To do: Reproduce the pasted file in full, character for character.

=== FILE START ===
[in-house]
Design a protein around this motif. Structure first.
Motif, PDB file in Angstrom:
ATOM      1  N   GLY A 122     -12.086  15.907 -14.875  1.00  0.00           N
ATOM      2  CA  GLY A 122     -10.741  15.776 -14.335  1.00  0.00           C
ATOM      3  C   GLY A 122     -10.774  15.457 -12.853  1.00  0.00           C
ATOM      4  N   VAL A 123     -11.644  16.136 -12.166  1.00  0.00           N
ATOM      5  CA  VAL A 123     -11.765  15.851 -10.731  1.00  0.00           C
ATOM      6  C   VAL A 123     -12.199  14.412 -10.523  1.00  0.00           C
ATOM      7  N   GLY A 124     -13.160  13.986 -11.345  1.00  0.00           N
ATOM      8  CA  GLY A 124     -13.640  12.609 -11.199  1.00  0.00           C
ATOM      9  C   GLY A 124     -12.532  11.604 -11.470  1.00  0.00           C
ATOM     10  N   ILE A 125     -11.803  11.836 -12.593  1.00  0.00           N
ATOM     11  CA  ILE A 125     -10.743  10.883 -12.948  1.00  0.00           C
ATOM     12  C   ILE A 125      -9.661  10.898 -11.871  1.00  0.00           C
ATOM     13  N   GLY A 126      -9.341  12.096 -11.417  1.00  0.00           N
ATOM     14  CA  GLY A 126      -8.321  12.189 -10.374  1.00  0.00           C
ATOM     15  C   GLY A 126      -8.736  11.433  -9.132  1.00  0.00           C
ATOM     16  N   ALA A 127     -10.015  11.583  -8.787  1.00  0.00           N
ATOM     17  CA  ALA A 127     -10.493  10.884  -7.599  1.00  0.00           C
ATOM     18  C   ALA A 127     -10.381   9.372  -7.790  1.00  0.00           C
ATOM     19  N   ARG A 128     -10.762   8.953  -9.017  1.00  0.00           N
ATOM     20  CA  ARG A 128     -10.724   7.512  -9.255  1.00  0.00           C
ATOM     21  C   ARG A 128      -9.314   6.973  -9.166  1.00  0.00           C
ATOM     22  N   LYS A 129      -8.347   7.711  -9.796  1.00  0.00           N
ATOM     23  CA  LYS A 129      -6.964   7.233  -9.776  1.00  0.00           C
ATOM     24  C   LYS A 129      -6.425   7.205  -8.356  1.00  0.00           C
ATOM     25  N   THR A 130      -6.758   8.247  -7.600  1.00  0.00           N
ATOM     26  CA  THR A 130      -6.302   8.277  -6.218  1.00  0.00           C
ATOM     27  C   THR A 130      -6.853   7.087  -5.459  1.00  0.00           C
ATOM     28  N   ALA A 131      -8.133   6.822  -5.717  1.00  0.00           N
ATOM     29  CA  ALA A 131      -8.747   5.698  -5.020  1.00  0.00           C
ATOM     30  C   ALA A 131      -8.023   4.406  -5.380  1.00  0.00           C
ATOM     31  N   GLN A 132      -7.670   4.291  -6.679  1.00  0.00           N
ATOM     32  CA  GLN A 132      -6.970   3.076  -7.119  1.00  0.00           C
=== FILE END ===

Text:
[in-house]
Design a protein around this motif. Structure first.
Motif, PDB file in Angstrom:
ATOM      1  N   GLY A 122     -12.086  15.907 -14.875  1.00  0.00           N
ATOM      2  CA  GLY A 122     -10.741  15.776 -14.335  1.00  0.00           C
ATOM      3  C   GLY A 122     -10.774  15.457 -12.853  1.00  0.00           C
ATOM      4  N   VAL A 123     -11.644  16.136 -12.166  1.00  0.00           N
ATOM      5  CA  VAL A 123     -11.765  15.851 -10.731  1.00  0.00           C
ATOM      6  C   VAL A 123     -12.199  14.412 -10.523  1.00  0.00           C
ATOM      7  N   GLY A 124     -13.160  13.986 -11.345  1.00  0.00           N
ATOM      8  CA  GLY A 124     -13.640  12.609 -11.199  1.00  0.00           C
ATOM      9  C   GLY A 124     -12.532  11.604 -11.470  1.00  0.00           C
ATOM     10  N   ILE A 125     -11.803  11.836 -12.593  1.00  0.00           N
ATOM     11  CA  ILE A 125     -10.743  10.883 -12.948  1.00  0.00           C
ATOM     12  C   ILE A 125      -9.661  10.898 -11.871  1.00  0.00           C
ATOM     13  N   GLY A 126      -9.341  12.096 -11.417  1.00  0.00           N
ATOM     14  CA  GLY A 126      -8.321  12.189 -10.374  1.00  0.00           C
ATOM     15  C   GLY A 126      -8.736  11.433  -9.132  1.00  0.00           C
ATOM     16  N   ALA A 127     -10.015  11.583  -8.787  1.00  0.00           N
ATOM     17  CA  ALA A 127     -10.493  10.884  -7.599  1.00  0.00           C
ATOM     18  C   ALA A 127     -10.381   9.372  -7.790  1.00  0.00           C
ATOM     19  N   ARG A 128     -10.762   8.953  -9.017  1.00  0.00           N
ATOM     20  CA  ARG A 128     -10.724   7.512  -9.255  1.00  0.00           C
ATOM     21  C   ARG A 128      -9.314   6.973  -9.166  1.00  0.00           C
ATOM     22  N   LYS A 129      -8.347   7.711  -9.796  1.00  0.00           N
ATOM     23  CA  LYS A 129      -6.964   7.233  -9.776  1.00  0.00           C
ATOM     24  C   LYS A 129      -6.425   7.205  -8.356  1.00  0.00           C
ATOM     25  N   THR A 130      -6.758   8.247  -7.600  1.00  0.00           N
ATOM     26  CA  THR A 130      -6.302   8.277  -6.218  1.00  0.00           C
ATOM     27  C   THR A 130      -6.853   7.087  -5.459  1.00  0.00           C
ATOM     28  N   ALA A 131      -8.133   6.822  -5.717  1.00  0.00           N
ATOM     29  CA  ALA A 131      -8.747   5.698  -5.020  1.00  0.00           C
ATOM     30  C   ALA A 131      -8.023   4.406  -5.380  1.00  0.00           C
ATOM     31  N   GLN A 132      -7.670   4.291  -6.679  1.00  0.00           N
ATOM     32  CA  GLN A 132      -6.970   3.076  -7.119  1.00  0.00           C